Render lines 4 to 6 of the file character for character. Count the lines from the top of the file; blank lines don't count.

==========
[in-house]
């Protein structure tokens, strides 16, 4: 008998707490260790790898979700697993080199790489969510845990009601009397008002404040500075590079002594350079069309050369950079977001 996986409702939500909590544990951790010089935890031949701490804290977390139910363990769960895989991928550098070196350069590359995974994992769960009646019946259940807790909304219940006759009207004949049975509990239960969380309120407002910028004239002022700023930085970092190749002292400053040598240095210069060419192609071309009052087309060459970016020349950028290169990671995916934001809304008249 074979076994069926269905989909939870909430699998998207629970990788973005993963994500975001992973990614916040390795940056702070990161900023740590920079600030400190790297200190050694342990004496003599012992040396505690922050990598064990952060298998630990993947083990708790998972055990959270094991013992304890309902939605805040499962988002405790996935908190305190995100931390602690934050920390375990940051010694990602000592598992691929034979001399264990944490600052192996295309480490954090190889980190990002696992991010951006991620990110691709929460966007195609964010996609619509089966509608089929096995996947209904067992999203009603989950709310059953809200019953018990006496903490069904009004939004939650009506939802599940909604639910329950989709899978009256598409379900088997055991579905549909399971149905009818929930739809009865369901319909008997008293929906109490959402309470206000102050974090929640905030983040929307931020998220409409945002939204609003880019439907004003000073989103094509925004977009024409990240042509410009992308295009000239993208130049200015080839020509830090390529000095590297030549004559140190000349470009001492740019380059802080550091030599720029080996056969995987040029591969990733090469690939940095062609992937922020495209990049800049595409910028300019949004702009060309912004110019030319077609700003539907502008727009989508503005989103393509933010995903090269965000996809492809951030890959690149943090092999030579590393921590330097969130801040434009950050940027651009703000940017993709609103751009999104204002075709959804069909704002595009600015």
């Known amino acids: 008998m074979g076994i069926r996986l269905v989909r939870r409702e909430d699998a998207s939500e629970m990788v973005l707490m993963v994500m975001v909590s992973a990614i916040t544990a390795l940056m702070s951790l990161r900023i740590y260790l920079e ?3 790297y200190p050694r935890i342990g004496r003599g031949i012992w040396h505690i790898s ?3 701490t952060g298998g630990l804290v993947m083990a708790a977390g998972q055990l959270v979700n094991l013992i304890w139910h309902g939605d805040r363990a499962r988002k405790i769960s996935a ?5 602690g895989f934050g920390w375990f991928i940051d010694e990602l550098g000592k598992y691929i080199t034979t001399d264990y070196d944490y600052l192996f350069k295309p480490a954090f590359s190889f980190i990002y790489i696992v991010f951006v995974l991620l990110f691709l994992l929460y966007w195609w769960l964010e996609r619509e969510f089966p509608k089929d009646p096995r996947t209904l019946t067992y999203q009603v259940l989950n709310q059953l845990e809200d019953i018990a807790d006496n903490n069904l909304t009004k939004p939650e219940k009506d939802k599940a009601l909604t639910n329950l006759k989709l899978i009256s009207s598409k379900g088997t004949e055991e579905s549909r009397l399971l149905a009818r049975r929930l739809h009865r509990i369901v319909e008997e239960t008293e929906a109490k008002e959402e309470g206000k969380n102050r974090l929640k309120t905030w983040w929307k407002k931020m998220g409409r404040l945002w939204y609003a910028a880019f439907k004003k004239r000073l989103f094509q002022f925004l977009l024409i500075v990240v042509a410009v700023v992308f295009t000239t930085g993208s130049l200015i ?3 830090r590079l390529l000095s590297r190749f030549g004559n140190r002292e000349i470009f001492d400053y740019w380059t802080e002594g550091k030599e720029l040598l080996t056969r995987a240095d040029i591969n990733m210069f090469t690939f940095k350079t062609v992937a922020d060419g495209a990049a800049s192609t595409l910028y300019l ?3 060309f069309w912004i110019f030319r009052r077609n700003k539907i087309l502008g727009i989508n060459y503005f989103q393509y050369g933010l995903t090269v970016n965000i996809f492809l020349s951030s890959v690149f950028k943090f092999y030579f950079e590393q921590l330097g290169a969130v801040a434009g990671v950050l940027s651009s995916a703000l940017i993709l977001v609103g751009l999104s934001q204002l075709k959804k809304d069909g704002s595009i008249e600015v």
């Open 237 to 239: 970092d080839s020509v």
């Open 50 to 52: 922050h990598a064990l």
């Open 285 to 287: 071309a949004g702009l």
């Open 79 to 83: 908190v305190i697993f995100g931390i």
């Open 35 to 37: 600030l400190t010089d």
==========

């Open 237 to 239: 970092d080839s020509v």
């Open 50 to 52: 922050h990598a064990l």
């Open 285 to 287: 071309a949004g702009l």